Those wet, windy and warm winters of El Niño that have too regularly transformed the dark months around the rim of the Gulf of Alaska into a drearier version of Seattle have a bright side, according to an international team of scientists studying the planet’s respiration.
They help suck carbon dioxide (CO2) out of a CO2-overloaded atmosphere.
“… Increased water availability and favorable temperature conditions (warmer spring and cooler summer) caused enhanced carbon uptake over North America near and during El Niño,” a team led by Lei Hu from the University of Colorado-Boulder reported in Climatology last week.
The increase isn’t enough to balance out the human-produced CO2 on the rise since the beginning of the Industrial Revolution, but every little bit helps.
In the process of photosynethsis, plants absorb CO2 and release oxygen.
The leftover carbon is stored in tree trunks, stems and leaves.
Though the warm-water phase of the El Niño–Southern Oscillation (ENSO) flowing east across the tropics of the Pacific Ocean to the North America West Coast has long been known to influence global weather and climate, Hu wrote in the study, “the impact of ENSO on net terrestrial carbon fluxes in extratropical regions was thought to be small.”
Upon examination of seasonal CO2 samples from the U.S. and Canada, the group reported discovering “larger anomalies being derived for three biomes: forest field, crops, and coniferous forests.”
From the coastal rain forests of the Panhandle to the endless black spruce forests of the Interior, still-wild Alaska is a vast storehouse of those coniferous trees.
The study suggests El Nino influences on CO2 uptake in such areas can increase carbon uptake enough to offset the influences of forest fires, which free carbon and release CO2 into the atmosphere, and even some human activities.
A big CO2 suck
“The natural variability of North American net ecosystem exchange resulting from climate variability largely associated with ENSO is much larger than the interannual variability of fossil fuel or fire emissions,” the study says. “It is also substantial compared to the magnitude of natural or anthropogenic (human) fluxes of greenhouse gases over North America:
“It is equivalent to roughly 80 percent of North American annual net ecosystem exchange, one-third of annual total North American fossil fuel CO2 emissions, and twice as large as the total U.S. anthropogenic non-CO2 greenhouse gas emissions (CH4, N2O, and fluorinated gases). This implies that shifts in climate (i.e., ENSO phases) have the potential to largely alter the overall carbon fluxes from North America.”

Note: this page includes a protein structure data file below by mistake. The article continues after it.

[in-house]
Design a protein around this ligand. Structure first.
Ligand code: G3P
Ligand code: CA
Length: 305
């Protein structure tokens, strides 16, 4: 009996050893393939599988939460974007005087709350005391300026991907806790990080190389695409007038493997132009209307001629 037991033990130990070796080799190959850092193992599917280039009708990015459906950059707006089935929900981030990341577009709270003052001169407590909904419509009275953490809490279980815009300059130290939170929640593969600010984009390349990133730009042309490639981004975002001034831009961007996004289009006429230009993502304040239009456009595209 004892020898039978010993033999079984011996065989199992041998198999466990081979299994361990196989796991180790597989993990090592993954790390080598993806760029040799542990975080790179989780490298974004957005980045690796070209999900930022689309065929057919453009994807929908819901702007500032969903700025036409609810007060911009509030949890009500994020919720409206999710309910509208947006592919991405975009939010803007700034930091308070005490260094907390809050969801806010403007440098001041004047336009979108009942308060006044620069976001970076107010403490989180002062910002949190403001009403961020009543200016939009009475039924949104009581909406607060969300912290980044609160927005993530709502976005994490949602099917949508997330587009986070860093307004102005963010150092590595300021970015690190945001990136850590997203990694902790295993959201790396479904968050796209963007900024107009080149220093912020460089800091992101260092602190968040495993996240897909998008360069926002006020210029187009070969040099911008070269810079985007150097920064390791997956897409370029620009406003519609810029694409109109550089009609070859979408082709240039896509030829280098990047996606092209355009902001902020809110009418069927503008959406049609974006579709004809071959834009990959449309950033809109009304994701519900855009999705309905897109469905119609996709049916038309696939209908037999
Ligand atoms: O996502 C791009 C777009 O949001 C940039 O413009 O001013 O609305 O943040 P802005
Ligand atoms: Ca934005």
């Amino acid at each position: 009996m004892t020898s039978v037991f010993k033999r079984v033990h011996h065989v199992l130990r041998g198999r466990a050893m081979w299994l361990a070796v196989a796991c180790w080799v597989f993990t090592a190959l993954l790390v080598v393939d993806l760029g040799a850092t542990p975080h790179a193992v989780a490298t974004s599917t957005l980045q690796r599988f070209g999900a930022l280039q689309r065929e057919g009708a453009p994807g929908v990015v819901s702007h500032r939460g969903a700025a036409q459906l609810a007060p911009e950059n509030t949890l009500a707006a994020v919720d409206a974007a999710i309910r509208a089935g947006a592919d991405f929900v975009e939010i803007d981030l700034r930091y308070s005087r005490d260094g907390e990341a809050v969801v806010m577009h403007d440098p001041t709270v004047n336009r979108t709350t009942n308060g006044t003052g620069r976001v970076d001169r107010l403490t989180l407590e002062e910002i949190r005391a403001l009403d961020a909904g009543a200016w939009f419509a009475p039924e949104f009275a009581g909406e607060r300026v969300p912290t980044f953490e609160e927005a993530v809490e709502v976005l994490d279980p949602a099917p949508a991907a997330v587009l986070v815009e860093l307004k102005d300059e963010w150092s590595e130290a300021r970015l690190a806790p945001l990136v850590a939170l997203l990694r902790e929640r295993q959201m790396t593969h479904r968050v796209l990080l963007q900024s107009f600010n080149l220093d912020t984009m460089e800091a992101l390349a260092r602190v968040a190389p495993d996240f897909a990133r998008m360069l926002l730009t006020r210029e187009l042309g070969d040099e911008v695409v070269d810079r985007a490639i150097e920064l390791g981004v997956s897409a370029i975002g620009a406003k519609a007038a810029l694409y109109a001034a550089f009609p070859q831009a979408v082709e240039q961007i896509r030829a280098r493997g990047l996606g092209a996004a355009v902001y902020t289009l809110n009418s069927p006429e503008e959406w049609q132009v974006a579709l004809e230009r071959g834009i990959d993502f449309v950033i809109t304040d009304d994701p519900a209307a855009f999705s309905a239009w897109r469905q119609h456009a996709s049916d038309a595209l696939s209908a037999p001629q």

The authors said the reasons why plants suck more CO2 out of the atmosphere in El Nino years vary regionally.
“To understand why North American net ecosystem exchange exhibits such a consistent response to ENSO, we first investigated how climate variables drive the interannual variability of North American net carbon uptake,” they wrote. “Current understanding of these relationships is so poor that projections of future carbon sequestration rates disagree in both sign (plus or minus) and magnitude. In particular, the relative roles of air temperature and water availability in controlling net ecosystem exchange have been intensely debated.”
Overall, the driving influence appears to be precipitation or lack thereof. But in some areas, indications are temperature is the controlling factor.
“…Warm conditions in spring enhance North American carbon uptake,” the study said; “whereas in summer (June to August), the opposite correlation exists, implying that increased summertime temperatures reduce terrestrial carbon uptake.”
Spring uptake would be keeping in line with a lengthening Alaska growing season that has benefitted from milder winters and earlier breakup in general for the last 50 years, but especially so during El Nino years.
The study also noted one little El Nino correlation of possible interest to Alaskans.
“In summer, it was cooler during El Niño than non–El Niño (neutral and La Niña) periods,” the study said. “Warmer than usual spring was observed during El Niño, especially over the boreal region (which covers Alaska)….
“The response of North American terrestrial ecosystems to ENSO derived (influence) is opposite to the ENSO–carbon flux relationship observed over tropical terrestrial ecosystems. In the tropics, the climatic impact of El Niño tends to be reduced precipitation and increased air temperatures (drought), whereas the imprint of El Niño over North America appears to be wetter with increased temperatures in winter and spring and decreased temperatures in summer.”
Whether that’s a good thing or a bad thing for Alaskans might depend on where in the state they live. Seventy degree days are considered something of a treat in coastal Alaska whereas days with temperatures of 80 degrees or above sometimes come too often for those in the state’s Interior.
In the record warm year of 2013, Fairbanks endured more than 30 days with temperatures at or above 80 degrees. Summer that year was warmer in Fairbanks than in northern Minnesota.
Don’t expect that to happen again this year if the correlations between El Nino’s and cooler summers continue. At the moment, the National Weather Service is predicting an existing El Nino will continue through the summer and into the fall.